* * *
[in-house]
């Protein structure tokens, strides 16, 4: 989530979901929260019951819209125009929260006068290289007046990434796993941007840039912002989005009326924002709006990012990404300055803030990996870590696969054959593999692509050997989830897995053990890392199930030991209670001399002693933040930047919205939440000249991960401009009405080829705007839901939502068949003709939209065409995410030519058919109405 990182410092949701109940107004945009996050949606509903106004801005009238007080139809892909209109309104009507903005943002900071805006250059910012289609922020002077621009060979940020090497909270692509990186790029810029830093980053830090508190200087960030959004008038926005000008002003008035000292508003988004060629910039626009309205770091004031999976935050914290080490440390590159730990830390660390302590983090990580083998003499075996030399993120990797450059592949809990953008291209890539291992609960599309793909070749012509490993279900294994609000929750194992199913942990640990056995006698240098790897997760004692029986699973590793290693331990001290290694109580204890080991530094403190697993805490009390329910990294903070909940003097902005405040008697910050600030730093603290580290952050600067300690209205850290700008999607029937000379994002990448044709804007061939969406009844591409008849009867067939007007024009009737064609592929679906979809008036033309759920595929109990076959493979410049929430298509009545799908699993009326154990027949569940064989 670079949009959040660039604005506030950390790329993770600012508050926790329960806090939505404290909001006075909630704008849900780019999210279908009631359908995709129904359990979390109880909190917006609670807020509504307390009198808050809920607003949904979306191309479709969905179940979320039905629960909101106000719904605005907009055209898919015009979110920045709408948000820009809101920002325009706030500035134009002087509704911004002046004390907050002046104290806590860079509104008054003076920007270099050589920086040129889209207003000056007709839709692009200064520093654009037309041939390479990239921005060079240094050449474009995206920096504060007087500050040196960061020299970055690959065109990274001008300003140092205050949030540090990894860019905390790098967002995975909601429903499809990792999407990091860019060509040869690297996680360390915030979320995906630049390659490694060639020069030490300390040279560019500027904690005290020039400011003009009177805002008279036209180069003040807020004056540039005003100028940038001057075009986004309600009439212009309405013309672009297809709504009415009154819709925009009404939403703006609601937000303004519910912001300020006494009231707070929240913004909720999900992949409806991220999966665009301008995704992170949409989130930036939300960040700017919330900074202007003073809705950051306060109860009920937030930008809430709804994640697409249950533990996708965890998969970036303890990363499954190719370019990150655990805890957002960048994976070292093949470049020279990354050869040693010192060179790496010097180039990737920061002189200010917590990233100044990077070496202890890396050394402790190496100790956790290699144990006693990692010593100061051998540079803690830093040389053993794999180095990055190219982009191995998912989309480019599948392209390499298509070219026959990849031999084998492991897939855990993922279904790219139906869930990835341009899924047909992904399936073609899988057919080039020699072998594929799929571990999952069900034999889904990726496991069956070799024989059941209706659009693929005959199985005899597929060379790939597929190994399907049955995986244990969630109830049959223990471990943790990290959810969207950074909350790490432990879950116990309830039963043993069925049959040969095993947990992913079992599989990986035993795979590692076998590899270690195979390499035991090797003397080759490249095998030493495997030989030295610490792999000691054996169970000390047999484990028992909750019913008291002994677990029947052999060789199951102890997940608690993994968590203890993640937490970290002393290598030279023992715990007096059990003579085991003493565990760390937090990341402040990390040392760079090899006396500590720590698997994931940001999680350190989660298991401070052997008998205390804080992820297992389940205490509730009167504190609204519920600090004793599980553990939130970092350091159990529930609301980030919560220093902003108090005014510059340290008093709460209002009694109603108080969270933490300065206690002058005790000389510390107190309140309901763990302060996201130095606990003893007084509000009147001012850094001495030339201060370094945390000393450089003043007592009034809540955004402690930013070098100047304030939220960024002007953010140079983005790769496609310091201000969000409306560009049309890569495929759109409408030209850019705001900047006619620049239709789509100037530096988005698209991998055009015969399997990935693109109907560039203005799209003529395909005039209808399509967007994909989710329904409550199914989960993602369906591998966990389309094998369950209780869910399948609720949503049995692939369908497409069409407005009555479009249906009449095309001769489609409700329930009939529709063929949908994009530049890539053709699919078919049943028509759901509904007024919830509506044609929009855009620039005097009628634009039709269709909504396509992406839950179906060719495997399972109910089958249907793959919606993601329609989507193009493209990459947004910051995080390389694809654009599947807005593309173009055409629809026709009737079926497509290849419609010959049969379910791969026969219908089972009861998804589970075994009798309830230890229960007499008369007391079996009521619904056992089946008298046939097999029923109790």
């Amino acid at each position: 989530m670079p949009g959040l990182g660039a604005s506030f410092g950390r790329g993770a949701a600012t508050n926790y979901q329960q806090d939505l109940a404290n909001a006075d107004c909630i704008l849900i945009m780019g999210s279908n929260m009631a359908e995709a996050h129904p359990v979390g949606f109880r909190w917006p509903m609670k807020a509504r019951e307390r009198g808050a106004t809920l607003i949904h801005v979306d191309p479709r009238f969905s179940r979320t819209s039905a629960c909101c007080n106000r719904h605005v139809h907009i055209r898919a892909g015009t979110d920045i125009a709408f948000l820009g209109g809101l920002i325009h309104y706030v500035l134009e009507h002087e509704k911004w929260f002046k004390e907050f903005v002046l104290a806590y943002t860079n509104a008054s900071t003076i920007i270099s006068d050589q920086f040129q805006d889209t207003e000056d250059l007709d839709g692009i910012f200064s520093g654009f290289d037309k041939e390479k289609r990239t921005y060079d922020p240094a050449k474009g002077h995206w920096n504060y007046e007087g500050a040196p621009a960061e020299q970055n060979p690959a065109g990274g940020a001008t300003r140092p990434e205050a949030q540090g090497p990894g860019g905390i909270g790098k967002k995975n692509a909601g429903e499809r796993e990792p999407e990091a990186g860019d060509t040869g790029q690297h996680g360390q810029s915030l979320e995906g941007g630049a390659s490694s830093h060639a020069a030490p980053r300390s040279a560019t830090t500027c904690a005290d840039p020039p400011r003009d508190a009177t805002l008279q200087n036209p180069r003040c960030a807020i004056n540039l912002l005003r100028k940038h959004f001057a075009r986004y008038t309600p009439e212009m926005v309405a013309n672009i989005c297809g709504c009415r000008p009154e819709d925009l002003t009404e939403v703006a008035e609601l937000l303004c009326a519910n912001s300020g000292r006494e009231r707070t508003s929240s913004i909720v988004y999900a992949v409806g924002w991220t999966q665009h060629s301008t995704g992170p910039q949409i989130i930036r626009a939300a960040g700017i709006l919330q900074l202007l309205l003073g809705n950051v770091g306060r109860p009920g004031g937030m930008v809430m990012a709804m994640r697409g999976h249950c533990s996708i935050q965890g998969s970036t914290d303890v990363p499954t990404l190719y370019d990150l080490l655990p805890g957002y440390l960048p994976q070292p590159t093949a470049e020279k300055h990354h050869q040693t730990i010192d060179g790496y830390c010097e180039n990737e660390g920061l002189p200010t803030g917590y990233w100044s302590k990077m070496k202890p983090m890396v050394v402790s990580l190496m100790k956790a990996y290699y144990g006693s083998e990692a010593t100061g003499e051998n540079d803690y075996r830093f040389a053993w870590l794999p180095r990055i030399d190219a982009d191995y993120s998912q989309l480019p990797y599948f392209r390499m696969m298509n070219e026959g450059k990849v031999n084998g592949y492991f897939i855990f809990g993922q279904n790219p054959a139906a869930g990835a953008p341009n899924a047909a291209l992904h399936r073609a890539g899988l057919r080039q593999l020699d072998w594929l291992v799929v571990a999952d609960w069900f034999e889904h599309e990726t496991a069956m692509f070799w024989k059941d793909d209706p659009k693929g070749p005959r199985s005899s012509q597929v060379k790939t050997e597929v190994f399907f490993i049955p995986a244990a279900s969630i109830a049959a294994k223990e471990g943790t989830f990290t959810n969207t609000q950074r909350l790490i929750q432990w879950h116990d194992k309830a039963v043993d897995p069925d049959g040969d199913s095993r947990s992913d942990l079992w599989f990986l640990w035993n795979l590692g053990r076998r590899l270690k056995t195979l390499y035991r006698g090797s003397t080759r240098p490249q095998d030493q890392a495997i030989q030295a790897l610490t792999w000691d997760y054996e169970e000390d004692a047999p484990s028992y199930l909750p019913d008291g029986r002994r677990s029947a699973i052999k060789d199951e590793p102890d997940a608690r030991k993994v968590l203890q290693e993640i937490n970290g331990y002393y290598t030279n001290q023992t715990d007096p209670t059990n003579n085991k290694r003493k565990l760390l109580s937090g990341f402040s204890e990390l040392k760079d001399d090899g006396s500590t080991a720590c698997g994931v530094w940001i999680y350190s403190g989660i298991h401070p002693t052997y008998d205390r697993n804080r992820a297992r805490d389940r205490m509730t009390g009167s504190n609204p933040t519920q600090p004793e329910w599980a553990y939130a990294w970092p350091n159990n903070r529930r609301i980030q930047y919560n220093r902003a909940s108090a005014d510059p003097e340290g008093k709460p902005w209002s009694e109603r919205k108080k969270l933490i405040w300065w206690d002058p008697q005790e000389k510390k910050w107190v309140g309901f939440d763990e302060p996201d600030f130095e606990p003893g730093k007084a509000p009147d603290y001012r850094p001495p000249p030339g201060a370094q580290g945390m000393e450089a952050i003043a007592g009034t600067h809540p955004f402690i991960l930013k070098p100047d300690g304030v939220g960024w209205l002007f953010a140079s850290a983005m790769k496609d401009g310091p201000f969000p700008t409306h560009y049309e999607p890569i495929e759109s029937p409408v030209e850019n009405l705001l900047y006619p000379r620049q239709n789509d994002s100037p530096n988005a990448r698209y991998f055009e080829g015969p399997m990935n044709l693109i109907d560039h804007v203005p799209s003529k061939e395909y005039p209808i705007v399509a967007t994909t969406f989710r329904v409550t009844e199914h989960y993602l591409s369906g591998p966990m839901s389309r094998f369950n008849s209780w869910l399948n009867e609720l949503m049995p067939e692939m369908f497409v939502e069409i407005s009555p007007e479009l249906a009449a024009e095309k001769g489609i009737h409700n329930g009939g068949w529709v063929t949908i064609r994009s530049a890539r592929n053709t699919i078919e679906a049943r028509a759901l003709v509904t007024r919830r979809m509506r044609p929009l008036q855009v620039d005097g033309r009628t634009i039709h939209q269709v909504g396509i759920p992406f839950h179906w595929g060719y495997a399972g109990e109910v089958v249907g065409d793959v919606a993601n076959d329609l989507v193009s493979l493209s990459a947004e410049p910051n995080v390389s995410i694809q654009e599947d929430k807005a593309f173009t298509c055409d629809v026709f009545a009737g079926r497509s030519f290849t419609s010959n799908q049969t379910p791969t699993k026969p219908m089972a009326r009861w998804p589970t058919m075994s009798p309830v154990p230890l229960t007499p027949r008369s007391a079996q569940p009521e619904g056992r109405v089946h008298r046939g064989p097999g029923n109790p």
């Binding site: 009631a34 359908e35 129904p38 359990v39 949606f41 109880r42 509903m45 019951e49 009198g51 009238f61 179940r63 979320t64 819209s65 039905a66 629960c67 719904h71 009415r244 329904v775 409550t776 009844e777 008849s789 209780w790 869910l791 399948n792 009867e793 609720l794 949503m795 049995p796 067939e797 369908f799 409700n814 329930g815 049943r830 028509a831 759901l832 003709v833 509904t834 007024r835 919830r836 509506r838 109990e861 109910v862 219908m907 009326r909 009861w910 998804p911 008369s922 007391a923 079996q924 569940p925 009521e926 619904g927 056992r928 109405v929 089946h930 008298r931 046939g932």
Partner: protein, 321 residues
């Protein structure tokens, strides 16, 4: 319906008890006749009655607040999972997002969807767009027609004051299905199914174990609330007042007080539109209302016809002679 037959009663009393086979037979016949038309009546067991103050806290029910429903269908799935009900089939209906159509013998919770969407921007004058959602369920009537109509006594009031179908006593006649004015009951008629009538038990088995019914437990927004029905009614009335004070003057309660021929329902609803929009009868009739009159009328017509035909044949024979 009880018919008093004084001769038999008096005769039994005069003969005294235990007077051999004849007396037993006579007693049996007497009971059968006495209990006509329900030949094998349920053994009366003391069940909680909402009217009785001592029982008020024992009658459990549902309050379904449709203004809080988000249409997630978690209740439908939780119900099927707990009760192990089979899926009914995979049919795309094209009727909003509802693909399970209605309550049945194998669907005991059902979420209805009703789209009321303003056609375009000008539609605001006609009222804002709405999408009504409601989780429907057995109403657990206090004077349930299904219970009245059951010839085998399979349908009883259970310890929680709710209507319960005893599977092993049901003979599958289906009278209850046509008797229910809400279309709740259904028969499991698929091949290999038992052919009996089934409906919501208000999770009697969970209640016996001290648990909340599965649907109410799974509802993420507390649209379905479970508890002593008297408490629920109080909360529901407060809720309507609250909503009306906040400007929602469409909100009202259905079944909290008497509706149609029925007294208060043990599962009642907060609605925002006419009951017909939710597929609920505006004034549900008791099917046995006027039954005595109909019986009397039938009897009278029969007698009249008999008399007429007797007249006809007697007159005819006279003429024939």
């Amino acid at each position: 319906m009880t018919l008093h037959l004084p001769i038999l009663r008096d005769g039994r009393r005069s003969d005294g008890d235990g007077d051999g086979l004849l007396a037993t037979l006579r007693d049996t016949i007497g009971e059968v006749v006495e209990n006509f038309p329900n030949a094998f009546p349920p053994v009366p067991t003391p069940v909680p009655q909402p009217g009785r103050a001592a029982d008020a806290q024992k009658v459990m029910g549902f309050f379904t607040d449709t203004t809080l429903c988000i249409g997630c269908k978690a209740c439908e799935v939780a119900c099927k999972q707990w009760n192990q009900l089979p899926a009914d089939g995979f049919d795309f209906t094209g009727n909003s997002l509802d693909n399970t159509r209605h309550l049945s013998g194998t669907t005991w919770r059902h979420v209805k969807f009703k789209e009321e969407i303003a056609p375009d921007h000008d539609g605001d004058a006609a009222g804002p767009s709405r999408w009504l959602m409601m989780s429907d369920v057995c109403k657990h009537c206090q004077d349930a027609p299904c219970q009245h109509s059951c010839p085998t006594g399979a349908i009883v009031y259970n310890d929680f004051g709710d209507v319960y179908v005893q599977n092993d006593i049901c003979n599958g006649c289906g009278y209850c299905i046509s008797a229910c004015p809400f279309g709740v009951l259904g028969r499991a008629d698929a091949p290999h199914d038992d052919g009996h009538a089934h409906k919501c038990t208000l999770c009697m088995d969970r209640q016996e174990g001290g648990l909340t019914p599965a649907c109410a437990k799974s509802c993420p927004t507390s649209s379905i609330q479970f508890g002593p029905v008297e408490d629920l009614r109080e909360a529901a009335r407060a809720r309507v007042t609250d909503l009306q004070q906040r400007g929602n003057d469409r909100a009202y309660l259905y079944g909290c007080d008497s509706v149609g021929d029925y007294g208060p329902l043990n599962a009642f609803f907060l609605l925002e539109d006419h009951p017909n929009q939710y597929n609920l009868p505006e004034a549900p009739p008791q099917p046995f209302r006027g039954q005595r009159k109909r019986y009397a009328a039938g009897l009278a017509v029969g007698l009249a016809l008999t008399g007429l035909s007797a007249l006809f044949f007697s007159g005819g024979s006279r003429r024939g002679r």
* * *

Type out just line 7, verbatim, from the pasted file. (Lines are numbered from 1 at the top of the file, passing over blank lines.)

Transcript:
């Amino acid at each position: 319906m009880t018919l008093h037959l004084p001769i038999l009663r008096d005769g039994r009393r005069s003969d005294g008890d235990g007077d051999g086979l004849l007396a037993t037979l006579r007693d049996t016949i007497g009971e059968v006749v006495e209990n006509f038309p329900n030949a094998f009546p349920p053994v009366p067991t003391p069940v909680p009655q909402p009217g009785r103050a001592a029982d008020a806290q024992k009658v459990m029910g549902f309050f379904t607040d449709t203004t809080l429903c988000i249409g997630c269908k978690a209740c439908e799935v939780a119900c099927k999972q707990w009760n192990q009900l089979p899926a009914d089939g995979f049919d795309f209906t094209g009727n909003s997002l509802d693909n399970t159509r209605h309550l049945s013998g194998t669907t005991w919770r059902h979420v209805k969807f009703k789209e009321e969407i303003a056609p375009d921007h000008d539609g605001d004058a006609a009222g804002p767009s709405r999408w009504l959602m409601m989780s429907d369920v057995c109403k657990h009537c206090q004077d349930a027609p299904c219970q009245h109509s059951c010839p085998t006594g399979a349908i009883v009031y259970n310890d929680f004051g709710d209507v319960y179908v005893q599977n092993d006593i049901c003979n599958g006649c289906g009278y209850c299905i046509s008797a229910c004015p809400f279309g709740v009951l259904g028969r499991a008629d698929a091949p290999h199914d038992d052919g009996h009538a089934h409906k919501c038990t208000l999770c009697m088995d969970r209640q016996e174990g001290g648990l909340t019914p599965a649907c109410a437990k799974s509802c993420p927004t507390s649209s379905i609330q479970f508890g002593p029905v008297e408490d629920l009614r109080e909360a529901a009335r407060a809720r309507v007042t609250d909503l009306q004070q906040r400007g929602n003057d469409r909100a009202y309660l259905y079944g909290c007080d008497s509706v149609g021929d029925y007294g208060p329902l043990n599962a009642f609803f907060l609605l925002e539109d006419h009951p017909n929009q939710y597929n609920l009868p505006e004034a549900p009739p008791q099917p046995f209302r006027g039954q005595r009159k109909r019986y009397a009328a039938g009897l009278a017509v029969g007698l009249a016809l008999t008399g007429l035909s007797a007249l006809f044949f007697s007159g005819g024979s006279r003429r024939g002679r």